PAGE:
Ignore the Big 12 preseason basketball poll. Kansas State has the talent, depth and experience to finish in the top half of the conference standings this season.
Being picked eighth by the league’s coaches will provide motivation to a team that didn’t want to play the no-respect card, but is probably better off as the underdog.
Replacing Wesley Iwundu (a second-round NBA draft pick) and D.J. Johnson (a physical and dependable inside presence) won’t be easy, but the Wildcats have the pieces to take a step forward without them.
Start with a trio of juniors who have been together for 68 games. Barry Brown, Kamau Stokes and Dean Wade have steadily improved since arriving together on campus, and appear ready to become leaders.
The Wildcats don’t have any scholarship seniors, but what these three juniors lack in age they make up for in experience. They are multi-year starters, they have played in hostile environments, and they have reached the NCAA Tournament.
Brown averaged 11.7 points, 3.2 rebounds and 2.4 assists last season, at times playing like the Wildcats go-to scorer. But he lacked consistency. If he can have more 20-point games and fewer off nights, he could push for all-conference honors.
Stokes returned for his junior year after flirting with the NBA in the spring. He also averaged 11.7 points last season, emerging as the team’s top three-point shooter. If he can dish out more assists and cut down on turnovers, the Wildcats could have one of the best back courts in the Big 12.
Wade remains a bit of an enigma, but here’s guessing he finally shakes his timid approach on offense and plays like an alpha male this season. Wade has been K-State’s best player in each of the past two seasons, when he wants to be. There have simply been too many times when he looked to take a back seat. How else can you explain his 20-point games against Kansas and his disappearing acts against other opponents?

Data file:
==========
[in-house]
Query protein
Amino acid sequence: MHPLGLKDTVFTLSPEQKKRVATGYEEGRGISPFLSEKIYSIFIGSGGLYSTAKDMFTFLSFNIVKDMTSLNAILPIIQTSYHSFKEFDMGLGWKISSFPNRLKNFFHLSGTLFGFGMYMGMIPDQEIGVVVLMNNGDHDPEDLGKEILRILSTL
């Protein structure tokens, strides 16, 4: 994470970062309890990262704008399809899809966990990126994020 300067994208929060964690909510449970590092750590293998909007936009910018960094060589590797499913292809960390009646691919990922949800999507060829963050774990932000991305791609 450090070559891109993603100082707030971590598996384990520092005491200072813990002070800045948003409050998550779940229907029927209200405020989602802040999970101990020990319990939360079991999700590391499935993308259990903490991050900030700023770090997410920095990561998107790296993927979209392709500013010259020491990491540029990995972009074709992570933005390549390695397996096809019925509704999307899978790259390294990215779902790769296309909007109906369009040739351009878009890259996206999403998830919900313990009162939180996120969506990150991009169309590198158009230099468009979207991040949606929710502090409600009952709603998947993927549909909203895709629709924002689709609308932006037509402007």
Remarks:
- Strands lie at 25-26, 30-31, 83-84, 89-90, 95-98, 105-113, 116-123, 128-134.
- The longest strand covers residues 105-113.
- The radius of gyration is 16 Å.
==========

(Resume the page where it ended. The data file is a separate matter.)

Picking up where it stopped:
If all three play up to expectations, K-State will take its chances.
Sophomore Xavier Sneed also looks to be a major contributor now that he has conquered the freshman wall. Sneed had an excellent preseason, and appears poised to live up to the recruiting hype that surrounded him in high school.
With talented guards Brian Patrick, Cartier Diarra, Amaad Wainright and Mike McGuirl coming off the bench, K-State should be set from point guard to power forward. Center is the question mark.
K-State coach Bruce Weber says the Wildcats will handle the position by committee, with newcomers Makol Mawien and Mawdo Sallah likely splitting time. Freshmen Nigel Shadd and Levi Stockard could also be factors.
One problem: the Wildcats will be smaller this season. Rebounding won’t be easy, and Weber is encouraging everyone from Stokes to Sallah to crash the boards.
The nonconference schedule is once again filled with mostly overmatched opponents, with only the Las Vegas Invitational and games against Vanderbilt and Georgia standing out. If K-State can enter Big 12 play with double-digit wins, it will be in good shape to reach 20 victories and return to the NCAA Tournament.
The Big 12 should be filled with parity this season, and K-State can take advantage with a good year.
Weber can win with this group, and that’s exactly what he needs to do. New athletic director Gene Taylor gave Weber a two-year contract extension over the summer, but Weber remains unpopular with many fans.
K-State hasn’t finished better than sixth in the Big 12 since 2014. Some doubt that will change this year, but don’t surprised if the Wildcats exceed expectations.
Kellis Robinett: @kellisrobinett